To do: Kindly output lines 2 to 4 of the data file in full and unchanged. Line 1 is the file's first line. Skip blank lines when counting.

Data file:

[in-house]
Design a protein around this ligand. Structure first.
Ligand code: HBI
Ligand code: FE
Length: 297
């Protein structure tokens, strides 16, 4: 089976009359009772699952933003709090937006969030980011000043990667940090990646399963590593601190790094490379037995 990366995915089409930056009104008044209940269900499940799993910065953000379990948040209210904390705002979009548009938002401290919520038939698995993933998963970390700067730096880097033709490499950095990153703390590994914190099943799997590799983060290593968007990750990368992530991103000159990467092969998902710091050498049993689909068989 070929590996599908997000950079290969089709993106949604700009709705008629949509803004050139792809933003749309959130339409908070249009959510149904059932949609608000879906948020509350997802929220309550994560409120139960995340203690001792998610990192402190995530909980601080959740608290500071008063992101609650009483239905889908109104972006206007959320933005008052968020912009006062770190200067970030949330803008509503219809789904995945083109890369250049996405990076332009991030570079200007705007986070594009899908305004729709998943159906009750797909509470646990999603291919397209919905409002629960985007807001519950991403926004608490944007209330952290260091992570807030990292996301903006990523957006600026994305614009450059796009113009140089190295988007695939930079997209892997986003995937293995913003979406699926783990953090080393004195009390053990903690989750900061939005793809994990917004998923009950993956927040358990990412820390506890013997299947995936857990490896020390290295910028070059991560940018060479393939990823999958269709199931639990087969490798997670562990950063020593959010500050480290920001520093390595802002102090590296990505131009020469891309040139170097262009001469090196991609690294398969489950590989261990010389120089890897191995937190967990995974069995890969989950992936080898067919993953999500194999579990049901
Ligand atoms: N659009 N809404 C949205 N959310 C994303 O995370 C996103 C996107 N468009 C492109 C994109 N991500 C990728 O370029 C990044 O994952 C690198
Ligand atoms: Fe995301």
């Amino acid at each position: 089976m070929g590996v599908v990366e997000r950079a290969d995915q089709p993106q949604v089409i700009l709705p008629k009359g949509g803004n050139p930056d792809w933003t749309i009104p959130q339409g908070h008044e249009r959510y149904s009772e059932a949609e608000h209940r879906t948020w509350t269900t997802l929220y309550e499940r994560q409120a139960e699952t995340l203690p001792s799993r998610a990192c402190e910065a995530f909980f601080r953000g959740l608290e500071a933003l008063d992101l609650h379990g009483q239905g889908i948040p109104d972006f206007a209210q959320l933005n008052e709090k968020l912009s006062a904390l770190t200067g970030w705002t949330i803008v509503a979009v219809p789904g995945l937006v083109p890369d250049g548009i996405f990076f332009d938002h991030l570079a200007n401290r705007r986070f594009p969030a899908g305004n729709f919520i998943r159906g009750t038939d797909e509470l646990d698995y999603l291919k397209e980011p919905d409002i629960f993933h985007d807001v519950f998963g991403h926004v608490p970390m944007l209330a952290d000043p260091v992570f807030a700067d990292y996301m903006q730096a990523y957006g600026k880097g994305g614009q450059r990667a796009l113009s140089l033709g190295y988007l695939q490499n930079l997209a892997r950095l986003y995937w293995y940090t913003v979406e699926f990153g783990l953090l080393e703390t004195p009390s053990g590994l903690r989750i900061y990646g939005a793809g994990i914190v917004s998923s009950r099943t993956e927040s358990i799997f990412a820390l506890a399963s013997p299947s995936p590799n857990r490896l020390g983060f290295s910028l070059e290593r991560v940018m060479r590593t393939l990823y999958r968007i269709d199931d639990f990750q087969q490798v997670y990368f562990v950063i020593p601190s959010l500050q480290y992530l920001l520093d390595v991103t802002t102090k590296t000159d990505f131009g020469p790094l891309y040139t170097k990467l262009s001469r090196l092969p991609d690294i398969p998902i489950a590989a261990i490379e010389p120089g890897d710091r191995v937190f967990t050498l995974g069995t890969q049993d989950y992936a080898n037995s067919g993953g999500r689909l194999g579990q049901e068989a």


Design a protein around this ligand. Structure first.
Ligand code: HBI
Ligand code: FE